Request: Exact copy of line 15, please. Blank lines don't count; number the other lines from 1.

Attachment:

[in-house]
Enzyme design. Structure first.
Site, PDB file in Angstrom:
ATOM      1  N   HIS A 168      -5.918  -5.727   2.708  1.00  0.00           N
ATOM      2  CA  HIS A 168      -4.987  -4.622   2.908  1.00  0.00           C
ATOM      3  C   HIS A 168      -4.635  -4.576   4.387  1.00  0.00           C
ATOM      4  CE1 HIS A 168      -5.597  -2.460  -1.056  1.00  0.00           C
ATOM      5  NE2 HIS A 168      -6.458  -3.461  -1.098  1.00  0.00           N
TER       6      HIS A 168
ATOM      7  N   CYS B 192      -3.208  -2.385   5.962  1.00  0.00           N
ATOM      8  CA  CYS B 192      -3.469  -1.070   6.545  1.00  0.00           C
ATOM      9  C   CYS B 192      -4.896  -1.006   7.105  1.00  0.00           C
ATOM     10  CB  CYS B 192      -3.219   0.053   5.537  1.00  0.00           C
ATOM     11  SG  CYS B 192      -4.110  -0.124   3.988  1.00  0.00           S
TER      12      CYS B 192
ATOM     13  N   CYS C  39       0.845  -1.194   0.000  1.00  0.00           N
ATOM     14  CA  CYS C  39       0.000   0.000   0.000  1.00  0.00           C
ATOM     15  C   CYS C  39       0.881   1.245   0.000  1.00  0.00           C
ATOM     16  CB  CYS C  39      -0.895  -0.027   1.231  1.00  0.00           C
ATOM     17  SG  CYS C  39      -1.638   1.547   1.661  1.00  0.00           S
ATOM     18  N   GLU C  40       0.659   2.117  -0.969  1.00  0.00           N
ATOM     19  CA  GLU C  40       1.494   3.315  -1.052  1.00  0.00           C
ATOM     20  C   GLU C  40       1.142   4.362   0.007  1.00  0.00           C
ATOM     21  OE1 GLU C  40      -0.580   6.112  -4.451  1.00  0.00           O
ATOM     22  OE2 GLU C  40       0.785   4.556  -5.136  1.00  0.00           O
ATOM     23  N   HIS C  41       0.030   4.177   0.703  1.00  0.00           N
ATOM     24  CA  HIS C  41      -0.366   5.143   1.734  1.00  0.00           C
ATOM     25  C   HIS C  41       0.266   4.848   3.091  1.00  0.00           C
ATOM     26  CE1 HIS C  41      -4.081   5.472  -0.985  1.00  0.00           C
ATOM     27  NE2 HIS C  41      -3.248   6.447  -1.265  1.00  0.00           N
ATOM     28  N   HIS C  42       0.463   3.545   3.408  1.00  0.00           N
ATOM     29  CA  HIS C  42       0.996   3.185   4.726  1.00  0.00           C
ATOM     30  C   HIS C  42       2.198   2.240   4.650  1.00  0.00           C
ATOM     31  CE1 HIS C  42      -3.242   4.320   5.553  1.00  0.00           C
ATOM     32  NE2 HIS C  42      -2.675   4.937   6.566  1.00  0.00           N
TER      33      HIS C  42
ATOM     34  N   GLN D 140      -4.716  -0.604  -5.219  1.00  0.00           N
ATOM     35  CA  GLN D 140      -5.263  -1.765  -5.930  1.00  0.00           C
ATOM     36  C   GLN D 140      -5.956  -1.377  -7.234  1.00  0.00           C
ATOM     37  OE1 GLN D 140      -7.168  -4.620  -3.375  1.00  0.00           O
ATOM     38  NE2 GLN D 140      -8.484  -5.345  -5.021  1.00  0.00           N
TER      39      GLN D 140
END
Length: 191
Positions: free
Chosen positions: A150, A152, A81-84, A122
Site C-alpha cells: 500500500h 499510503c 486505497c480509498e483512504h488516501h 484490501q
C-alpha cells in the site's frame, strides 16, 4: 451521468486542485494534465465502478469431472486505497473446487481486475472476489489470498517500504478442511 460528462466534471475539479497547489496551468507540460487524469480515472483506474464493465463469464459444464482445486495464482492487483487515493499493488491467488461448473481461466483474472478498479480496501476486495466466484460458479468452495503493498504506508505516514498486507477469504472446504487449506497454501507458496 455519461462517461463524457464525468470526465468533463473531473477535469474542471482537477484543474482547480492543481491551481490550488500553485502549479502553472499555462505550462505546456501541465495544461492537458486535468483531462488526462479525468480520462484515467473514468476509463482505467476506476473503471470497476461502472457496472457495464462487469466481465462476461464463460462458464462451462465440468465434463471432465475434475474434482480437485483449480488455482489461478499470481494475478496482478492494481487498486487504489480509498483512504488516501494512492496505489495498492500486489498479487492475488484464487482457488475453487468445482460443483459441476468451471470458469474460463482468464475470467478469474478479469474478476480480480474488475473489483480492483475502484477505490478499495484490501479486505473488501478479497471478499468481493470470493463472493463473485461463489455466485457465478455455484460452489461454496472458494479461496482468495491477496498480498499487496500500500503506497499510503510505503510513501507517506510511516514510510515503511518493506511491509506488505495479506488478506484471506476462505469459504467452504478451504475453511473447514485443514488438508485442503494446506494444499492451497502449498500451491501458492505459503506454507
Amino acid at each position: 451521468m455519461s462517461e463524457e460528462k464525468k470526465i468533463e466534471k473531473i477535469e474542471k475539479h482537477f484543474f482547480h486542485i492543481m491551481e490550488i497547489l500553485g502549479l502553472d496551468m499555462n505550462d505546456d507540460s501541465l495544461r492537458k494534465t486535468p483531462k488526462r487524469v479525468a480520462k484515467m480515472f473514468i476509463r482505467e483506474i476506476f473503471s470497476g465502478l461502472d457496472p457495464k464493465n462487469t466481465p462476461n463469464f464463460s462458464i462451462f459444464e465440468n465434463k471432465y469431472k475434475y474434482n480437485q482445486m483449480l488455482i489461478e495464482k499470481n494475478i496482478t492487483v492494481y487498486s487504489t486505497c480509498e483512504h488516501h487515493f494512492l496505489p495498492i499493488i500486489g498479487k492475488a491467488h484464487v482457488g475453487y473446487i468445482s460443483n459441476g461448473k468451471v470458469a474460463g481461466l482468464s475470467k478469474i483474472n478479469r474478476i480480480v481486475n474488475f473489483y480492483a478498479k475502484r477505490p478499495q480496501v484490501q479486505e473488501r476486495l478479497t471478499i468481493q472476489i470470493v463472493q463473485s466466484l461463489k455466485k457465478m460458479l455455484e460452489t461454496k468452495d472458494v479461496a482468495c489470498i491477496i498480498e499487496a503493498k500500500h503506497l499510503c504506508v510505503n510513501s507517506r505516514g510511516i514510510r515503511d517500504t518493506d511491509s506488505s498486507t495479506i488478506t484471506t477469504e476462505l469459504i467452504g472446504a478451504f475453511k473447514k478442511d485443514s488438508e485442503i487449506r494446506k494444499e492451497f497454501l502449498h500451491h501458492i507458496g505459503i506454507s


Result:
TER      12      CYS B 192